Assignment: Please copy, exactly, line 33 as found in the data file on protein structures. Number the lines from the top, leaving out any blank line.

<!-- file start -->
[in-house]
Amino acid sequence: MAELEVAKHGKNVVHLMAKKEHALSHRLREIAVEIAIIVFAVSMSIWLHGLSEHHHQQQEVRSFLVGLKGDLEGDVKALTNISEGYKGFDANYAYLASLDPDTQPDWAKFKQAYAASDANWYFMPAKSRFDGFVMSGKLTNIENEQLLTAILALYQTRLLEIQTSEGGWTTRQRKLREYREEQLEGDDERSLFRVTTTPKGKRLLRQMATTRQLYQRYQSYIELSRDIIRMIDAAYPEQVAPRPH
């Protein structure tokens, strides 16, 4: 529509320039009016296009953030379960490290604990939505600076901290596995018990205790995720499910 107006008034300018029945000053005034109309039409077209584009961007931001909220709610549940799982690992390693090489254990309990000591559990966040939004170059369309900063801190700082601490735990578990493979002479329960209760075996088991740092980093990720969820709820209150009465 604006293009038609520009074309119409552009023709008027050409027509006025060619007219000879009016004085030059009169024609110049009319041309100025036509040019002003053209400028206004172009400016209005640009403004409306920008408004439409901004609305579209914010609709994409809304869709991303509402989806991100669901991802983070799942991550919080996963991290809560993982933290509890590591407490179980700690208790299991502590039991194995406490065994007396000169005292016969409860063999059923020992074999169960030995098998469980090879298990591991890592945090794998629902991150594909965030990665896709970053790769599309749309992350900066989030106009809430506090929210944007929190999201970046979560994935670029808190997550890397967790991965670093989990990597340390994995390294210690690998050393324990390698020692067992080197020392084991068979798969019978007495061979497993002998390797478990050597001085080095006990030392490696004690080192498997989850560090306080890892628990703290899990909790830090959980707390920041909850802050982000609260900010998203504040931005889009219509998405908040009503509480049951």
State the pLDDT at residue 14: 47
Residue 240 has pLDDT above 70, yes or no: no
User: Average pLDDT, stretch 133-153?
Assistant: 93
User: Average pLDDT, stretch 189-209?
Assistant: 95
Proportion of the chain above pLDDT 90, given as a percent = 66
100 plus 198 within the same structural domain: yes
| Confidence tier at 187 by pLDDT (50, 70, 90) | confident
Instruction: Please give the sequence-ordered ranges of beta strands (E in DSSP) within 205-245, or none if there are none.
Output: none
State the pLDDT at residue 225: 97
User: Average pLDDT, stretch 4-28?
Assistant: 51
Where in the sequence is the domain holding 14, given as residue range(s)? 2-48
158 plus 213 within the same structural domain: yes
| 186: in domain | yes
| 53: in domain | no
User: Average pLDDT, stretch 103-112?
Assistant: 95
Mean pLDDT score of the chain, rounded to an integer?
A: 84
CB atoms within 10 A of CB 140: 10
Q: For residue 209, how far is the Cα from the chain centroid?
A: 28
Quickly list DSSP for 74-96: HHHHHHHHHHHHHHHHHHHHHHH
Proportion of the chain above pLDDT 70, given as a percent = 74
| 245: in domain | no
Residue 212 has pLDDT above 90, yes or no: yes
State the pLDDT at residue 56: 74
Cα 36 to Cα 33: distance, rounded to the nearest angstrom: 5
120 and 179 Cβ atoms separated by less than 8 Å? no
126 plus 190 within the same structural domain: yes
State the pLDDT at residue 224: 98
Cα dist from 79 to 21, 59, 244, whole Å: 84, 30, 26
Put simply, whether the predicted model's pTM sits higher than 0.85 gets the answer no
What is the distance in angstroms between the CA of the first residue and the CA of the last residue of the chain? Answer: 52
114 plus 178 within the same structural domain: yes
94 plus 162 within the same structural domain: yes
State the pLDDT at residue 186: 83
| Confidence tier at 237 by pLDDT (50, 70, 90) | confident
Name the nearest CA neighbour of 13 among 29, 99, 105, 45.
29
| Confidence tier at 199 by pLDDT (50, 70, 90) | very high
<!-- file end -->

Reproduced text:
State the pLDDT at residue 56: 74